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Have you ever wondered who the richest man in town is? W. Randall Jones has. The former magazine executive found himself in a country club near his hometown of Carrollton, Ga., one day when someone he was with pointed out a man at another table and said: "See him? He's the richest man in town."
That got Jones thinking. What his friend did is what people have been doing for millennia: pointing out the richest man in town. Sometimes people just want to know out of curiosity; other times it's because they think such proximity to wealth might present an opportunity. And, of course, the scale of the wealth in question might vary widely. What might pass for rich in a small town in Georgia may seem like a rounding error when compared with the net worth of billionaires such as Microsoft (MSFT) founder Bill Gates or Berkshire Hathaway's (BRKA) Warren Buffett.
So Jones got out a map and began identifying the largest metro areas in the U.S., then set out on a two-year search to find out who the richest men were. He spent more than two years interviewing local business editors, and business and community leaders in 100 towns across America in an effort to uncover their wealthiest citizens. In addition, he and a team of researchers combed through all available public data, including SEC filings, LexisNexis, EDGAR, and newspaper and magazine accounts. He even "Zillowed" their homes to determine their valuations.
Some of these individuals, like Gates, were well-known. His $40 billion fortune has established him as the richest man in Seattle, if not the world, for more than a decade. But what about the richest man in Spokane, Washington State's second-biggest city? According to Jones, it is Harlan D. Douglass, the largest real estate developer in town, who also sits on the board of Northwest Bank (NBCT) and invests in local companies such as Eagle Hardware & Garden. Bet you didn't know that.
In his new book The Richest Man in Town (Business Plus, 2009), Jones has come up with a list of the 100 richest people by town in the largest cities in almost every state in the U.S. "The media in general and the business press in particular is guilty of focusing too much on New York or San Francisco," says Jones. "There are success stories everywhere. I wanted to paint a true portrait of American wealth."
It is important to point out that these are not the richest people in the U.S. Jones only picked the wealthiest individual in the biggest towns. If you were the second-richest person in town, you didn't make the cut.
Despite the title, there are women on Jones' list, too. Women such as Boulder, Colo.'s Judi Paul, the co-founder of Renaissance Learning (RLRN), and Indianapolis' "time-share queen" Christell DeHaan, the founder of Resort Condominiums International, the largest vacation exchange company in the world. (Jones explains that his editor thought the title The Richest Person in Town, while more accurate, wouldn't have the same punch.)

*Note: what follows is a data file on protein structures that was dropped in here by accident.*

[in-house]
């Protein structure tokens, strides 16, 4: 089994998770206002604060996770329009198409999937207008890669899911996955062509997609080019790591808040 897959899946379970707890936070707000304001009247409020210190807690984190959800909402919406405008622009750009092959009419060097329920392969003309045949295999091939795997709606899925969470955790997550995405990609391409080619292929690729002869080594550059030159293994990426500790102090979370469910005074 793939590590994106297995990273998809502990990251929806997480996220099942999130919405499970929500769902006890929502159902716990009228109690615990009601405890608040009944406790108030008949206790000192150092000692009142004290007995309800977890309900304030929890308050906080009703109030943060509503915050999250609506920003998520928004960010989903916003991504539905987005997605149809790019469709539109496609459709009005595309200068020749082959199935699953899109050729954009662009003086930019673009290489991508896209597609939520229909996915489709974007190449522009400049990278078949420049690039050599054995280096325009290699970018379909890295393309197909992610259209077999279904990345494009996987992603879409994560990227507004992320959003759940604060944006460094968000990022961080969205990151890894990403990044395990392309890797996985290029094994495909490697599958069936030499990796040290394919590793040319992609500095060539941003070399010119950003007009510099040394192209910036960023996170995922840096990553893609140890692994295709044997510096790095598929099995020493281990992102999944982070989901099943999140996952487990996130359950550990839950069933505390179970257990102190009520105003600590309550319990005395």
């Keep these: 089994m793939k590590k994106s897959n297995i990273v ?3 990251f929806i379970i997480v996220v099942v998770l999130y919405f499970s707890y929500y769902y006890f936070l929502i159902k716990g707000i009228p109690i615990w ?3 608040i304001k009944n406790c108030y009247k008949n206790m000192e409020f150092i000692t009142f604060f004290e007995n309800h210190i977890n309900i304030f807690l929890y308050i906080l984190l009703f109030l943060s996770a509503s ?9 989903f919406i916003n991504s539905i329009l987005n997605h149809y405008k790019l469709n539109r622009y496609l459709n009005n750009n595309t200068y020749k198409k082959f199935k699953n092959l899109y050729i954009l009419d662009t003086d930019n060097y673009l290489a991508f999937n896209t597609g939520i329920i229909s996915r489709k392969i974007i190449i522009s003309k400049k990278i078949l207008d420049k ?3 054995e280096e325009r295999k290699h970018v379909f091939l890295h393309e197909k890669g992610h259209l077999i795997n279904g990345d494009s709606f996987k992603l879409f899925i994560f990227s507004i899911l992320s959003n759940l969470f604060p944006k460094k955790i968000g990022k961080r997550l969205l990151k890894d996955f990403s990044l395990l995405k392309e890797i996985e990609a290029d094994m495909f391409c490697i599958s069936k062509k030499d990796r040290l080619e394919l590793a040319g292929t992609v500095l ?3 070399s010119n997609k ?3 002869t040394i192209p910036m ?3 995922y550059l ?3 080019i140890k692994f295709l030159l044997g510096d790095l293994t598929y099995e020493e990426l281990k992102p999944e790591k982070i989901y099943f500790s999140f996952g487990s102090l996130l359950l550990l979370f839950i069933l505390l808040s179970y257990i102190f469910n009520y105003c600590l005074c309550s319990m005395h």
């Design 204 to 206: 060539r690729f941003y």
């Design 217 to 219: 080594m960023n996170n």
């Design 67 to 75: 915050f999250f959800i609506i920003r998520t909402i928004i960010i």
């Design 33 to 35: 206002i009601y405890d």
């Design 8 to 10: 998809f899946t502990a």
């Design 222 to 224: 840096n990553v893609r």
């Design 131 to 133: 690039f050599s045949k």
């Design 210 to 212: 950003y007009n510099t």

According to Jones, the average Richest Man in Town (RMITs, as he calls them) has a net worth of more than $3.5 billion, and 50 of the 100 people he identified were billionaires when his book went to the printers. He has a few other interesting facts:
The total wealth of America's RMITs is $355 billion.
These 100 people employ more than 91% of Americans.
All of the fortunes are self-made.
Only one of them is a professional manager as opposed to a company founder.
Less than 10% of them have taken their company public.
Eighty-one percent of RMITs are doing business in their hometown.
Now, of course, like everyone else, many of the RMITs aren't as rich as they used to be—and some of them have seen their assets shrink even since the book went to press. Many RMITs made their fortunes in the real estate and auto industries, two sectors that have been especially battered. Others, even those who have been conservative with their investments, have seen their net worth diminish. Others, like Warren Buffett and Sioux Falls (S.D.) investor Denny Sanford, who owns subprime credit-card giant Premier Bankcard, have given large chunks of their wealth to charity and philanthropic organizations. Sanford even vowed that he wanted to die broke and has already spent much of what was once a $3 billion fortune.
But Jones wasn't interested only in identifying these 100 RMITs. He also wanted to find the common ground among them and how their stories could inspire others to follow in their footsteps. "I want to show people not only who the richest people are, but how they can achieve wealth, too. I believe it's good to be rich."
He outlines these principles in what he calls the Twelve Commandments of Wealth—many of which should be fairly obvious to any aspiring entrepreneur. These include such notions as the importance of finding your true calling, waking up early, and learning how to succeed through failure. But there are also some others that might not be so obvious, such as never retiring. "These are men and women who love what they do," says Jones. "Even if they wind up moving on from the company they started, they just get involved in new opportunities, whether it's philanthropy or a new startup. These people just can't stop."
As Wichita multibillionaire Phil Ruffin says: "Retirement? Hell no. You just can't do it. Why would you ever retire when you're living large and having this much fun?" Considering that the 74-year-old real estate developer and good friend of Donald Trump just married a 26-year-old former Miss Ukraine, he may have a point.
Click here to see the richest men (and women) in 100 of America's largest cities.